How to be a Roger Federer in the markets ?
Marginal trade elimination is the key to success.
I wrote briefly about HFT in the last week’s issue of my Nifty Edge newsletter and continued my research into it over the week, stimulated by some interesting discussions with reader Akshay Sahgal of Mumbai.
Even as of today the concentration of the HFT algos is more on execution efficiency rather than directional trading. The profits that HFT adds to the firm is coming more from better execution than from any complex strategy that capture a profitable trading set up and runs it. One of the statistics I read was that the HFT player made an average of $1.92 against an institutional trader and $3.46 against a retail trader (trading on the S&P500 futures). This brings to light another aspect about trading.
The difference between an institutional and retail trader is that the former operates under a certain process driven environment with some amount of discretion while the latter is a freewheeling operative, doing what he ‘feels’ like, most of the time. In contrast, the HFT player is completely process driven with high degree of standardization of all processes and has nil discretion. This says a lot for mechanical trading. The reason for the greater profit margin against a retail trader is because the latter makes many more errors, many of them unnecessary ones while the algo is programed to do nothing outside the process and being a machine, can execute it a million times without deviation.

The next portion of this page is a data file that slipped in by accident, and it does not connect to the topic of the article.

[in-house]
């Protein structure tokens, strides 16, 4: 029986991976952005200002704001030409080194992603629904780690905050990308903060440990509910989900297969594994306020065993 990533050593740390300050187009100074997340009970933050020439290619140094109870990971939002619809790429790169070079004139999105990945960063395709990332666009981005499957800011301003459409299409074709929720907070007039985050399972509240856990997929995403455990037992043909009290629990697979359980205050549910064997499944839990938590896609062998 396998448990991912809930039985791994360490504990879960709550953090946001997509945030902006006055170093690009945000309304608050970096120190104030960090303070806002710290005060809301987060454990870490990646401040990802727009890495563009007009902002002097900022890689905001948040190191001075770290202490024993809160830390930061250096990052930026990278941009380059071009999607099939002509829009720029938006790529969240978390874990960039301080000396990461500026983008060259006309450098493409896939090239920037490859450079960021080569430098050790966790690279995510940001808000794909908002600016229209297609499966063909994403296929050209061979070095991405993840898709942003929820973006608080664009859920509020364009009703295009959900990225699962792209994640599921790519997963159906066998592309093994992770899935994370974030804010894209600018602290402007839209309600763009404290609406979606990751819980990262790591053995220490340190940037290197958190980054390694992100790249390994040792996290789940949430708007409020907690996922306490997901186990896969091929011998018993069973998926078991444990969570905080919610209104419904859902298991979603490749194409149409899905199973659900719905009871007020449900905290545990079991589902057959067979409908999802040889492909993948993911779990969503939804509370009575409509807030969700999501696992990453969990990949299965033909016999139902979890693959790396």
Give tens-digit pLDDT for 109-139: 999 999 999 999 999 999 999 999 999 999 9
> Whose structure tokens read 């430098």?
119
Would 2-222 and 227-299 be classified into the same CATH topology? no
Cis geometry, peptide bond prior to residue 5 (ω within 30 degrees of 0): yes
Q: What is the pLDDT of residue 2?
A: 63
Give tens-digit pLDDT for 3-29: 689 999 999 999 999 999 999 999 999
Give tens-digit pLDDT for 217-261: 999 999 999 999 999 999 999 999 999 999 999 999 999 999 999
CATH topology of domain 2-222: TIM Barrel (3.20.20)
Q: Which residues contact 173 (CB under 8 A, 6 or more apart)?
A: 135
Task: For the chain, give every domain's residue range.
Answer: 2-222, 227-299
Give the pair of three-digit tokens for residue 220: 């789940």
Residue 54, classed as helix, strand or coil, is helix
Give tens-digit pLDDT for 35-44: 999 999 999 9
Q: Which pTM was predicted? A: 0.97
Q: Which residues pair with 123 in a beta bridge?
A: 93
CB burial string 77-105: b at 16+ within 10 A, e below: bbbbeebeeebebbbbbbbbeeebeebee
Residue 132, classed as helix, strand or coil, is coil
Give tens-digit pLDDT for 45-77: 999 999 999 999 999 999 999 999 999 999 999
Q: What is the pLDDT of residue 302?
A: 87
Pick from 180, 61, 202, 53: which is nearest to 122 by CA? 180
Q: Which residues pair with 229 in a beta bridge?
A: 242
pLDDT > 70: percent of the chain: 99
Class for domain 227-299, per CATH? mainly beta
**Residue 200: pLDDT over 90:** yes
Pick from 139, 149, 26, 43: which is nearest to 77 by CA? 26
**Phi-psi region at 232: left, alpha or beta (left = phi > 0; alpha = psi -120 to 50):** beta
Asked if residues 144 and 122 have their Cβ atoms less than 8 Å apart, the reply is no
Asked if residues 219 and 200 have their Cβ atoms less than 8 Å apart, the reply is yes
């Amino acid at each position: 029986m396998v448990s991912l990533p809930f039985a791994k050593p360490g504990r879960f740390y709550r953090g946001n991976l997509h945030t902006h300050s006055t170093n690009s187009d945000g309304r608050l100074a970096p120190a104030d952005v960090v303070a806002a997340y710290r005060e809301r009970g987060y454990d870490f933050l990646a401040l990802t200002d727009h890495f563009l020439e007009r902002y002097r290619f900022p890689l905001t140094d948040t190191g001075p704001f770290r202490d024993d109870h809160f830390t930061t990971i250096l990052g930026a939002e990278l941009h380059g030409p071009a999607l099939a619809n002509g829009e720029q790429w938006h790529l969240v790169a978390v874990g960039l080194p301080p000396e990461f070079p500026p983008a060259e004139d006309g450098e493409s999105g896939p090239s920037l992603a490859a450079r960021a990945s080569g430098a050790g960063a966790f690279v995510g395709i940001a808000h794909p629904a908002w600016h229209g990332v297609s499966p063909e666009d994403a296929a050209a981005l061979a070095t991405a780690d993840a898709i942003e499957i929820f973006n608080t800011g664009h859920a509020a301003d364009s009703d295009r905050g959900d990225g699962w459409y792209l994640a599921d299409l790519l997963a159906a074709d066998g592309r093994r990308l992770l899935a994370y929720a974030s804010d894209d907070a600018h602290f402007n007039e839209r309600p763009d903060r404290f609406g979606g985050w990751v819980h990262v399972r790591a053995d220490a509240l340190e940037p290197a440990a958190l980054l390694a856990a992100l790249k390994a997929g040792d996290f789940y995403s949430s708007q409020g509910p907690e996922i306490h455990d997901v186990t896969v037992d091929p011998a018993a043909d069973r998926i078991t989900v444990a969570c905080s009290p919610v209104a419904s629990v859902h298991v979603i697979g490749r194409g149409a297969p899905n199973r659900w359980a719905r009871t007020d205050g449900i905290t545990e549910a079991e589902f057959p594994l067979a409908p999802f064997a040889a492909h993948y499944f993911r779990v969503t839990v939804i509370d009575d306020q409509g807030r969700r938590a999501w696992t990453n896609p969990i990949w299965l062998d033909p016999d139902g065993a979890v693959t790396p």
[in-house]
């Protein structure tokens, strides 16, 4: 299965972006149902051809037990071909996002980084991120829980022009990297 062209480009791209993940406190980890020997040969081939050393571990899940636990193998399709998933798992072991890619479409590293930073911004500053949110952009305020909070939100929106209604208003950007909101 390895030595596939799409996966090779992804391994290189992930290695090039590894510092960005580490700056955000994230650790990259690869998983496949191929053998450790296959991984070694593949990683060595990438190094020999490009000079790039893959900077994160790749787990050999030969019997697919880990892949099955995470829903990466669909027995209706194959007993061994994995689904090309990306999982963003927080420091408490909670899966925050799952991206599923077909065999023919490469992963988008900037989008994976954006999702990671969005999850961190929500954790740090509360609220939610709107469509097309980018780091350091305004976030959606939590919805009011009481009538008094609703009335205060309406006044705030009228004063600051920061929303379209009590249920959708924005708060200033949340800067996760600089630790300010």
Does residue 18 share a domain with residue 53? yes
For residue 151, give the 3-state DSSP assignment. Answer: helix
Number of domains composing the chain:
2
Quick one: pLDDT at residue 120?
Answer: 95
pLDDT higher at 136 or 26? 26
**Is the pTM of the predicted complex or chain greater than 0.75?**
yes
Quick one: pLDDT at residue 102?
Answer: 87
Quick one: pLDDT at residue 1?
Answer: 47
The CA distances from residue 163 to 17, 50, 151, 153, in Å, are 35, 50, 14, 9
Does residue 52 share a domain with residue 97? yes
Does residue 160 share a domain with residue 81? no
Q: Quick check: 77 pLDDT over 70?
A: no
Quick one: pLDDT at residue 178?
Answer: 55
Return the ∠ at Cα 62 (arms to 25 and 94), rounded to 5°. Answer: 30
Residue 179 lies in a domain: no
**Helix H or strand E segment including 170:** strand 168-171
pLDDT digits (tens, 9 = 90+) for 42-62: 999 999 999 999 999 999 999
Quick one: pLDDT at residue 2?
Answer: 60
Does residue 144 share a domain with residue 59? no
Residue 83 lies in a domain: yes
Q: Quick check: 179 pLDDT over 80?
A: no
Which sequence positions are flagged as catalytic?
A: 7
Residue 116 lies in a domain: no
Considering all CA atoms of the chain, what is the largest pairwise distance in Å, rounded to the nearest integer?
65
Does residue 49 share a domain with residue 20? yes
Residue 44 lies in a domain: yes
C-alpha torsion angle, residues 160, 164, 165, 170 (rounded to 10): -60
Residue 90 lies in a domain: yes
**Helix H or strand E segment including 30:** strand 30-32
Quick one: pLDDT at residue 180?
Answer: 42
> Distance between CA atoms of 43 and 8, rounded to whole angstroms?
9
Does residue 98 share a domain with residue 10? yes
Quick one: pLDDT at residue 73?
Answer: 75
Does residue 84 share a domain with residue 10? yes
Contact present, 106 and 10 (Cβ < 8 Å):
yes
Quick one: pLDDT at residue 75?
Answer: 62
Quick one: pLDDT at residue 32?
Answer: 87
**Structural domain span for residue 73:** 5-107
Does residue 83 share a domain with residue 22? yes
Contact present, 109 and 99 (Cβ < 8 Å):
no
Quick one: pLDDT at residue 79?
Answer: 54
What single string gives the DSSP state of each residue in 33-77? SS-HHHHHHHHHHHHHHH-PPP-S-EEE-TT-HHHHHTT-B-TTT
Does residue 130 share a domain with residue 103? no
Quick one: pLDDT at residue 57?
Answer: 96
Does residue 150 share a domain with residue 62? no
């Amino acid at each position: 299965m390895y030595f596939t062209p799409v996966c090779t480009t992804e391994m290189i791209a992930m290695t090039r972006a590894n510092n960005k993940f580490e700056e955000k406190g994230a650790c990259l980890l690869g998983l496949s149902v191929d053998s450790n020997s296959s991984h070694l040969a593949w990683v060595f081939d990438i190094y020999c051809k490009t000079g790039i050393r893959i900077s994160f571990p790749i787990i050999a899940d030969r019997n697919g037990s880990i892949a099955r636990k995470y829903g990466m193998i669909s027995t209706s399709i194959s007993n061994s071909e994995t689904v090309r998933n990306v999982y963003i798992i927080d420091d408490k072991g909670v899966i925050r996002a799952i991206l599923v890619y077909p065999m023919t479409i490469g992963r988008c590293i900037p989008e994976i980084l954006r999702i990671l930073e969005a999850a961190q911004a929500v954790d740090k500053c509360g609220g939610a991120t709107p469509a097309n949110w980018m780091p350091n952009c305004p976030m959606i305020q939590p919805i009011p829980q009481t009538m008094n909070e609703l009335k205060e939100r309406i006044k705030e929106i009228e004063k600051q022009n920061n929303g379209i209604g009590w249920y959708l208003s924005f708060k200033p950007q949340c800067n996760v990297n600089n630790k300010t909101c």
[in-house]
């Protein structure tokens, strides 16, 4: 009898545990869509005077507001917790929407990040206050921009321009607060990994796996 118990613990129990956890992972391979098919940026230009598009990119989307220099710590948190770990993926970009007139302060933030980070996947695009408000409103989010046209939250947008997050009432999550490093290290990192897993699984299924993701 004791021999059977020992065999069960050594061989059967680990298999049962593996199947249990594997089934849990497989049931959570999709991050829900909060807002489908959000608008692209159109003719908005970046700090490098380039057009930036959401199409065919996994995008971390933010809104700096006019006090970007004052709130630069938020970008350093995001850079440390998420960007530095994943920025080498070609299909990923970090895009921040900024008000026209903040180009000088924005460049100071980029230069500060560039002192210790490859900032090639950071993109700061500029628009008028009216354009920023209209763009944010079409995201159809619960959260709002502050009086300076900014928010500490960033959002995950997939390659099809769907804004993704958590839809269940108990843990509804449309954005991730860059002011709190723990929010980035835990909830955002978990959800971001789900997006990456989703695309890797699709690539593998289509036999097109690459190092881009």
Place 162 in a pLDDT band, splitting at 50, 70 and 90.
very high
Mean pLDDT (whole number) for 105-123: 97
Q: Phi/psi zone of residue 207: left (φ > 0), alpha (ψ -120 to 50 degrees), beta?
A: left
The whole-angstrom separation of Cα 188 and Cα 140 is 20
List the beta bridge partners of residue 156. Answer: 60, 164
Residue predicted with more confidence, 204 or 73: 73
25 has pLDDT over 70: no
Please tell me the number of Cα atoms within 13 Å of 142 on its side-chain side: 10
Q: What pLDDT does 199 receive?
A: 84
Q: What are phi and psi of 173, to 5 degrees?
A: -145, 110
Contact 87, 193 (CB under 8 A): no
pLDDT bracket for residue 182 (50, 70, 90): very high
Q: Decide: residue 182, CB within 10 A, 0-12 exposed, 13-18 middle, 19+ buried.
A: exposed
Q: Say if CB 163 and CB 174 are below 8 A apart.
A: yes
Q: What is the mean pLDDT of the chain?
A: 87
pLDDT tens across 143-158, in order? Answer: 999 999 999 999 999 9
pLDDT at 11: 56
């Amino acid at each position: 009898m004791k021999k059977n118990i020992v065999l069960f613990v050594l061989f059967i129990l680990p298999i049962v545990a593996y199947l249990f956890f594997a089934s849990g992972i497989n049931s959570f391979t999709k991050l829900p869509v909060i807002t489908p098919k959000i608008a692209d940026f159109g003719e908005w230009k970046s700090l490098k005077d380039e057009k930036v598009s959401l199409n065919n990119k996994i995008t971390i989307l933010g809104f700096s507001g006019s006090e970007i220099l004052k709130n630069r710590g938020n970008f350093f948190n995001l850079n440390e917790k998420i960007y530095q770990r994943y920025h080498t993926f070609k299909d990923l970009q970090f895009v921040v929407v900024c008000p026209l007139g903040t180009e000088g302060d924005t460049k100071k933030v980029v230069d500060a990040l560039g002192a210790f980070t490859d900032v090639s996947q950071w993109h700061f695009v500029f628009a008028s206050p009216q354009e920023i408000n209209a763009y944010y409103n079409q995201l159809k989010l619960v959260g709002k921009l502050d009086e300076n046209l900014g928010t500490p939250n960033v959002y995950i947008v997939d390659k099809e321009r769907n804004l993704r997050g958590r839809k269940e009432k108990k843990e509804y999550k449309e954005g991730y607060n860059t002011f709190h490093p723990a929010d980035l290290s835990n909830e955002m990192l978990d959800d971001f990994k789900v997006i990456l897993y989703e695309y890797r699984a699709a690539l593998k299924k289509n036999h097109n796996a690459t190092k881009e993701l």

The moral of the story is that route to success is by reducing the marginal errors that we keep doing as traders. These are mostly founded in our emotions that keep heaving when we are either entering or into or exiting a trade. It is also manifest when we have an inconsistent or even incoherent approach to our trading. With HFT now 25% of the trading in our markets, we have all to become more aware that the person on the other side of our trade could be a machine and that percentage may keep increasing. Granting that they will win the emotional game at any point of time, it is our duty, therefore, to bring our own game under control. This can happen only by adopting a specific method, knowing it in all its avatars, and having the absolute confidence in it to spot for us the opportunity to enter markets favorably.
Unforced errors are the bane of every amateur player on a Tennis circuit. It is the difference between the newbie and the professional. The latter wins the game not only by possessing superior skill but also an ability not to make those silly errors that drain away the points- in the case of the markets, profits. Like Warren Buffet has said, “you only need to do one or two things right to be successful- so long as you have not done too many wrong things!”. He said it in the context of investing and life in general. It is equally true for traders wanting to become better at what they do.